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Expert says hair could be Wagner's

August 23, 2002|by KIMBERLY YAKOWSKI

Hair found on a bloody glove lying in the street the day the bodies of Daniel and Wilda Davis were found in their West Wilson Boulevard home could have been that of Russell Wayne Wagner, a DNA expert for the FBI testified Thursday in Wagner's first-degree murder trial.

FBI agent John Stewart testified that he received various blood and hair samples from Hagerstown City Police and tested them against hairs found on the bloody glove and on a 5-inch hunting knife that prosecutors say was the murder weapon.

Stewart said the DNA of the hair found on the glove was similar to Wagner's DNA and to the DNA of about 10 of the people in the FBI databank of 5,071 DNA profiles. Stewart said that led him to conclude that Wagner could have been the source of the hair found on the glove.


Wagner can't be excluded as the source of the hair on the glove, he said.

Stewart said a hair taken from the knife was from Hagerstown City Police forensic expert Jeffrey Kercheval.

Kercheval testified earlier that one of his hairs could have gotten on the knife as he took off or put on gloves during examinations of the weapon.

Daniel Davis, 84, and Wilda Davis, 80, were each stabbed multiple times on Feb. 14, 1994, according to testimony earlier this week. Their bodies were found the next day in the kitchen of their home. Their hands and feet had been bound with shoelaces.

Wagner in 1996 was tried on two counts of first-degree murder in connection with the deaths of the Davises. The jury in Garrett County, Md., where the trial was moved because of pretrial publicity, failed to reach a verdict.

Wagner was re-indicted on the same charges in 2001. Prosecutors said the charges were refiled because of new applications of DNA.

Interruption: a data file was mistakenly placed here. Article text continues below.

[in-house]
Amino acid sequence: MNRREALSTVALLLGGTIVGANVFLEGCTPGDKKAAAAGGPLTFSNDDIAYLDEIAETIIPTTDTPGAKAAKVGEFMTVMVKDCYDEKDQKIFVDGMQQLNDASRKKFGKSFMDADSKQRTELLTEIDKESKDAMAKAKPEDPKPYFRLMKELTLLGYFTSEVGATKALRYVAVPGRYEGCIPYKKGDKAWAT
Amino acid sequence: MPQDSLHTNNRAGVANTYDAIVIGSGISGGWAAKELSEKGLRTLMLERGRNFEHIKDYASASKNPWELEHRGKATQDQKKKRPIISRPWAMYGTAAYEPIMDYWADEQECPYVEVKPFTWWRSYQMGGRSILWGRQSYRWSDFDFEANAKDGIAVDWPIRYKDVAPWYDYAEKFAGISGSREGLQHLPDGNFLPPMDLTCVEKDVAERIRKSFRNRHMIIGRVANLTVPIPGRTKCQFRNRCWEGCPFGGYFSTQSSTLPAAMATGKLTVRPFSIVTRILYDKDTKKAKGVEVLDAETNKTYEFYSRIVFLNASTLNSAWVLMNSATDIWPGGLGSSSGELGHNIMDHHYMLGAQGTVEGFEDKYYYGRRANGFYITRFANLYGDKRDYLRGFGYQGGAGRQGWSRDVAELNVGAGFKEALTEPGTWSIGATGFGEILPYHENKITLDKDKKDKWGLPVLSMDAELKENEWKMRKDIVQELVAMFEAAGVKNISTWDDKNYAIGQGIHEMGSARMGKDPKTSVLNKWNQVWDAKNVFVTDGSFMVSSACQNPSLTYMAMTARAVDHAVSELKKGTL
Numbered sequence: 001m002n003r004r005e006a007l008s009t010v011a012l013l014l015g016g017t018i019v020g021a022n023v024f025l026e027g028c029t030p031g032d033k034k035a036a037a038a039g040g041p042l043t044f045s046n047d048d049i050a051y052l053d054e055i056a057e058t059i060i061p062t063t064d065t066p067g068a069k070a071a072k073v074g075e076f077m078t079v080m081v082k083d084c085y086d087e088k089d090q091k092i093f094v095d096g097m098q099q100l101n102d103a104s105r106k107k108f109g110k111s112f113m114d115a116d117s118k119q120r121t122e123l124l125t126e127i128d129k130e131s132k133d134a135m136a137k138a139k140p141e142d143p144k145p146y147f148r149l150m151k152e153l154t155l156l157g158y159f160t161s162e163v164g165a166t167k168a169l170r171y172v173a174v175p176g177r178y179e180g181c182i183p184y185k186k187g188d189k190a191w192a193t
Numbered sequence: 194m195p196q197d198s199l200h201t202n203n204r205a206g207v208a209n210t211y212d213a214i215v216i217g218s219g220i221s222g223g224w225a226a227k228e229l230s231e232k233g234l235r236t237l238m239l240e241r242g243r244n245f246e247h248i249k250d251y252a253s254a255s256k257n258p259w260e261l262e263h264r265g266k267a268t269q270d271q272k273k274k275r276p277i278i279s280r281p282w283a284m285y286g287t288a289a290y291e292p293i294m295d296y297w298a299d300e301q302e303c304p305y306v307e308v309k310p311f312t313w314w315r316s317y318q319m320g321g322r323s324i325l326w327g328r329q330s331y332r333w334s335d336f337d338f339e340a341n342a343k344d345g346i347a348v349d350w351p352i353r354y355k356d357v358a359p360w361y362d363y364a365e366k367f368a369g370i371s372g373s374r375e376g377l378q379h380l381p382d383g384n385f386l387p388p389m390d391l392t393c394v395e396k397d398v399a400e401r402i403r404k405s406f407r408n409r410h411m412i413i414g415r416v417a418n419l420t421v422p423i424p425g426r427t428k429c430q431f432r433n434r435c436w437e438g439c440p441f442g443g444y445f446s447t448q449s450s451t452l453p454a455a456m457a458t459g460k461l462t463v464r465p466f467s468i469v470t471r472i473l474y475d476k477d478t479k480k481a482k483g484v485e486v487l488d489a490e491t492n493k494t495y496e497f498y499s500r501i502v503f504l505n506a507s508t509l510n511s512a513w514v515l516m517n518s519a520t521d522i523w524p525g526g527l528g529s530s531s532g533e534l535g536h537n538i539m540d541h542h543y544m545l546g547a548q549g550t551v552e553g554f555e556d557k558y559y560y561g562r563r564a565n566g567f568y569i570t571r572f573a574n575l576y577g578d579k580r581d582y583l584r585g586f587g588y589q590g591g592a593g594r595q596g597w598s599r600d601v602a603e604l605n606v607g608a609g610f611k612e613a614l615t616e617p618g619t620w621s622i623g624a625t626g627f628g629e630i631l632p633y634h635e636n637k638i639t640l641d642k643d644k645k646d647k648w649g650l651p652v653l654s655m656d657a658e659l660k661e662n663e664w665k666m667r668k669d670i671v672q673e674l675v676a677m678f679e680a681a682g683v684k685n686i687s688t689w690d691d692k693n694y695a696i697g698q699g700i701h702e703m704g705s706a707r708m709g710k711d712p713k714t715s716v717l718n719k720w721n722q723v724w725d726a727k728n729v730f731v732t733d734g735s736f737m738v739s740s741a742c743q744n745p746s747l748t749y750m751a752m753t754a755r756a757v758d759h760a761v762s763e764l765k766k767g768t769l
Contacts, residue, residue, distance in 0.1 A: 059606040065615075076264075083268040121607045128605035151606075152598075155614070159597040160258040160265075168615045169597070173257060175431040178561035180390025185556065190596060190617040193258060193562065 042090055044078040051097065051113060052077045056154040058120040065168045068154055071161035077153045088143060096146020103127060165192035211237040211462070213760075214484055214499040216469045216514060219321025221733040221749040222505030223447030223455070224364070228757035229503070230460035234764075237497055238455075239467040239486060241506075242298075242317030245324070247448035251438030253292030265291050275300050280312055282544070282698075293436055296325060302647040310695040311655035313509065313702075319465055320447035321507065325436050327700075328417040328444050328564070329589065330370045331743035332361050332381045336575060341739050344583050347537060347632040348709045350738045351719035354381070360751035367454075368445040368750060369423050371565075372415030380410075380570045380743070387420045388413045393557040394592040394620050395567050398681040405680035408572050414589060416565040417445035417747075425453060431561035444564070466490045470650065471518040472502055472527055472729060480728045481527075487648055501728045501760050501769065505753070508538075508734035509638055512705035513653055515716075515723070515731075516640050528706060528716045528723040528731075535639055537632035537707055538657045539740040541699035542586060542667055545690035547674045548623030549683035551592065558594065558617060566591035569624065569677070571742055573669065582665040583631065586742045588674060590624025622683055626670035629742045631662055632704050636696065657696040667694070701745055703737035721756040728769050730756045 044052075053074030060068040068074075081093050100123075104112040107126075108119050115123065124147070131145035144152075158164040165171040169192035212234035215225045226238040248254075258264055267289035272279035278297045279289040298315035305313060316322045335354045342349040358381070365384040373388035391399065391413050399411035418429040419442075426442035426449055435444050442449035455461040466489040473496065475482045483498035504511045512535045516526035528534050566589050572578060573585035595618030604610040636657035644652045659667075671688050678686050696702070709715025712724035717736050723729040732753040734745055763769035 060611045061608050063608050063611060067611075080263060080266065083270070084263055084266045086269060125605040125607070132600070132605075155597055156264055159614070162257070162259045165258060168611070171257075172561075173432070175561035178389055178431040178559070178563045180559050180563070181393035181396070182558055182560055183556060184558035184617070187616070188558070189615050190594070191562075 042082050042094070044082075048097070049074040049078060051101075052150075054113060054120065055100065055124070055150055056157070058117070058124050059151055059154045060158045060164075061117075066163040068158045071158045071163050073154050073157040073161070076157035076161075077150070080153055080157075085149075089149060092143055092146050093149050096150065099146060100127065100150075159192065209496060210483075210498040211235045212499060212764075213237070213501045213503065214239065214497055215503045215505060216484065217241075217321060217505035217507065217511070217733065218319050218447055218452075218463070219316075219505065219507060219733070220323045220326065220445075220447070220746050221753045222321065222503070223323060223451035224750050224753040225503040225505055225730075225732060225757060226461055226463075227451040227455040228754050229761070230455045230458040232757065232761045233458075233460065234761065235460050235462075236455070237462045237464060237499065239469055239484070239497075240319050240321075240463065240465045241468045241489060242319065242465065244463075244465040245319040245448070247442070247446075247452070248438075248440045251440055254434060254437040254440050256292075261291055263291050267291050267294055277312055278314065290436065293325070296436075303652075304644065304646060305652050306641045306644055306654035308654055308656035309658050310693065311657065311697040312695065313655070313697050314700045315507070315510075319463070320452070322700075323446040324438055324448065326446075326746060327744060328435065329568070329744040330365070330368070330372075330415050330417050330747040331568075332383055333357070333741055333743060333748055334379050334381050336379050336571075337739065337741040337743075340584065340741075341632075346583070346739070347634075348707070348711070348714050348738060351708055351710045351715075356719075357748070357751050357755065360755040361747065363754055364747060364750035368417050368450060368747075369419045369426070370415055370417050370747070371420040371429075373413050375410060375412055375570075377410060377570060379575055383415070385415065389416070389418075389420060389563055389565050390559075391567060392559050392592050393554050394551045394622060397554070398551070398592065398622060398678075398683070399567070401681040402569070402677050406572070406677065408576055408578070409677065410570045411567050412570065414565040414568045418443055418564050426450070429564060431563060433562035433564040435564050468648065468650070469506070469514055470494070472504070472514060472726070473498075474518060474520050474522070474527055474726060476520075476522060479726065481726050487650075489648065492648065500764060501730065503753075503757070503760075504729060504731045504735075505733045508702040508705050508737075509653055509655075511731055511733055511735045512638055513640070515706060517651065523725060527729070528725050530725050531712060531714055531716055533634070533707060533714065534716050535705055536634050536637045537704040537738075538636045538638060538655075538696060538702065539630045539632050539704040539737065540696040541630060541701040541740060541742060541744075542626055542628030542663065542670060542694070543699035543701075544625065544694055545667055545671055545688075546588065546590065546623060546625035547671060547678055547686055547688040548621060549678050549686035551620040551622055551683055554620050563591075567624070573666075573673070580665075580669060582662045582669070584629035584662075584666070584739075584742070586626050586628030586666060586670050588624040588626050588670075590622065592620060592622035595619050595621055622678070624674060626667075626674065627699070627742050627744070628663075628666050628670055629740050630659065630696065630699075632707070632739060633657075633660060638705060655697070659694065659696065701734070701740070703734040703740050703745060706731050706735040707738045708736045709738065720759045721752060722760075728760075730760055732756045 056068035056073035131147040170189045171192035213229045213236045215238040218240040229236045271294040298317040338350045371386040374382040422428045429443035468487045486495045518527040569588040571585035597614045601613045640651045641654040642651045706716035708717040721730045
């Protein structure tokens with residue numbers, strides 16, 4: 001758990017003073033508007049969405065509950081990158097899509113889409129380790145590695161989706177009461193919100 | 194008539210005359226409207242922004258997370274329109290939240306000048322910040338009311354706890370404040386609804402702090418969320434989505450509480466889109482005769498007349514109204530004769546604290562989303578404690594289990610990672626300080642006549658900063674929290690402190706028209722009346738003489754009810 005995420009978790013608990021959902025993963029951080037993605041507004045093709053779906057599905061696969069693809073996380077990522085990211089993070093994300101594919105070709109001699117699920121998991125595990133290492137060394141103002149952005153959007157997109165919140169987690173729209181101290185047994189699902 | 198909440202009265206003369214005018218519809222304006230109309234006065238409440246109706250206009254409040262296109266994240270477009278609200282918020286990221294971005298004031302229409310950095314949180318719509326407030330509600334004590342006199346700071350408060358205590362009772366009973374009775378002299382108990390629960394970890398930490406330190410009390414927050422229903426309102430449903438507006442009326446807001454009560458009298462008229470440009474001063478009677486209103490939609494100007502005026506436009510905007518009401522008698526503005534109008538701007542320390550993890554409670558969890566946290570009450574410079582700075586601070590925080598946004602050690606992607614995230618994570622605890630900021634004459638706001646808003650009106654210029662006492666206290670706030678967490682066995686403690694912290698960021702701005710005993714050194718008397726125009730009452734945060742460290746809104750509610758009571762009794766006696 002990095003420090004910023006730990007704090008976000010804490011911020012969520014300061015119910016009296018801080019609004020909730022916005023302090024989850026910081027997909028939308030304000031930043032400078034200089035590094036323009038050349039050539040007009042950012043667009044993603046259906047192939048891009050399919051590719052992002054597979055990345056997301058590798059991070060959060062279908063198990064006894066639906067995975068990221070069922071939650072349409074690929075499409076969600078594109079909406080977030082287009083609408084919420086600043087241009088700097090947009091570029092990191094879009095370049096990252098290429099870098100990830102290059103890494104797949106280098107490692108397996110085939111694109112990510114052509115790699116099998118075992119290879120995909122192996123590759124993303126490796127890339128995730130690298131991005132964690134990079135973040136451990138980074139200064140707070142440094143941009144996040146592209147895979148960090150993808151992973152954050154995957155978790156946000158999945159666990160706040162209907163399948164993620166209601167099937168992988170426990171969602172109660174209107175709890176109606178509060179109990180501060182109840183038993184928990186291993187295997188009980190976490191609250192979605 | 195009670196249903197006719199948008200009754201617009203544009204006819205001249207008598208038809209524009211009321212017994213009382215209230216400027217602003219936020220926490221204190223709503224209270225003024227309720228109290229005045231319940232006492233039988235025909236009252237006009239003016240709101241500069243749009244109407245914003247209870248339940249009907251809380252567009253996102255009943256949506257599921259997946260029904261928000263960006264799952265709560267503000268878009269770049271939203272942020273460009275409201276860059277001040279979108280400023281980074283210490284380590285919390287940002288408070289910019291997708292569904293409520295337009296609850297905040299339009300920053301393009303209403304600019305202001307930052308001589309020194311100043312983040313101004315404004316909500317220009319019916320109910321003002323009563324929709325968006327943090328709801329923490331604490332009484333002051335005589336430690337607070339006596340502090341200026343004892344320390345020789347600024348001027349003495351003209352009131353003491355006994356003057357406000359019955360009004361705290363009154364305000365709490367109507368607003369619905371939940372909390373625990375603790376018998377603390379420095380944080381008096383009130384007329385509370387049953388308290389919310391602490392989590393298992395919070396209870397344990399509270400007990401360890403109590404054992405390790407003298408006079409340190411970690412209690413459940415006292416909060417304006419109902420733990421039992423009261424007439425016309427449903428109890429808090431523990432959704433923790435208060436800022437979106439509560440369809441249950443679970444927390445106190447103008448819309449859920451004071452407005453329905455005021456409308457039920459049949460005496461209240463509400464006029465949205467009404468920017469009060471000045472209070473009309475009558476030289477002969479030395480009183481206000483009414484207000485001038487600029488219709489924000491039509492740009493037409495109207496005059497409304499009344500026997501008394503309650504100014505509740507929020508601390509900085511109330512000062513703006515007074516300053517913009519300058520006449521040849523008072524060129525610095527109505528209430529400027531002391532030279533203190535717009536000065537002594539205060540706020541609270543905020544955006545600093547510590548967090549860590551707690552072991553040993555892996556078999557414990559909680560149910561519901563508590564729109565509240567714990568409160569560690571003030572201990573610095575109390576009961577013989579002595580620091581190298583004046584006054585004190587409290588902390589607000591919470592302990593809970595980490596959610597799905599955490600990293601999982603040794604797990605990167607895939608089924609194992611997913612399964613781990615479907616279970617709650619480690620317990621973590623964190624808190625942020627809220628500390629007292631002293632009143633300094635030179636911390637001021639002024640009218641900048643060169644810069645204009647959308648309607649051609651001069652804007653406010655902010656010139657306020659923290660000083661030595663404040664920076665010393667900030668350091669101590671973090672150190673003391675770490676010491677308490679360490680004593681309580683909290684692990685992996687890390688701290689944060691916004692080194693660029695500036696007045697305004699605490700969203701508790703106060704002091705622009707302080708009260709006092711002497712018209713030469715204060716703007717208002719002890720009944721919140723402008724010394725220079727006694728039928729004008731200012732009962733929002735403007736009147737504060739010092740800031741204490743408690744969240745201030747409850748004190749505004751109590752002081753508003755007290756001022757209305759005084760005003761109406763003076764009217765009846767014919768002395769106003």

Baltimore defense attorney Michele Nethercott criticized the branch of DNA science - mitocondrial DNA analysis - used to examine the hairs and asked Stewart whether the science was still evolving.

Stewart said that the science is reliable and accepted by the scientific community.

The FBI Web site says mitocondrial analysis is used in cases in which evidence may be degraded or small in quantity.

Nethercott asked Stewart about the FBI's contamination policy, which allows testing to continue if the contaminated portion is less than 10 percent of the overall sample.

The FBI "goes through a lot of preventative measures" to ensure contamination doesn't occur, he said.

During testimony earlier in the week, the Davises' daughter, Vivian Monger, said she spoke with her mother on the phone at 6:30 p.m. on Feb. 14, 1994, and called again after 7 p.m. but there was no answer.

Virginia Davis, the couple's other daughter, said she called her mother that night during the television program "Wheel of Fortune," which came on at 7 p.m. She testified that in the background she heard her father say "I know what you want" to someone at the front door. Her mother then came on the phone and said she had to go. Her mother didn't sound alarmed, she said.

Other family members testified that the Davises kept money from their rental properties in their home and typically cleaned up right after eating at 5 p.m. Lights were on and dirty dishes were in the sink when the Davises' bodies were found the next day, according to testimony.

Assistant state Medical Examiner Laron Locke testified that the couple died at around 10 p.m.

Prosecutors turned to Wagner as a suspect after his friends told police he was buying drinks at a neighborhood bar the night of the slayings and that Wagner bought work gloves at the Big Lots in the South End Shopping Center earlier that day.

Police found work gloves at Big Lots of the same variety as the bloody gloves found near the Davises' home.

Karen Minnick, a friend of Wagner's, testified Wednesday that she stopped at Wagner's home at around 6:50 p.m. on the night of the slayings to pick up a bottle of wine and he wasn't there. She said he called her at 7:20 p.m. to arrange an outing.

Minnick and friends picked up Wagner at 8:45 p.m. and Wagner bought them drinks even though he normally was broke, she said.

Wagner said that evening that his worries about paying his rent were no longer a concern, she testified.

Under defense questioning, Minnick said Wagner had only about $13 on him the night of the murders and he didn't appear to have come into money in the months afterward.

The prosecution is expected to conclude its case today.

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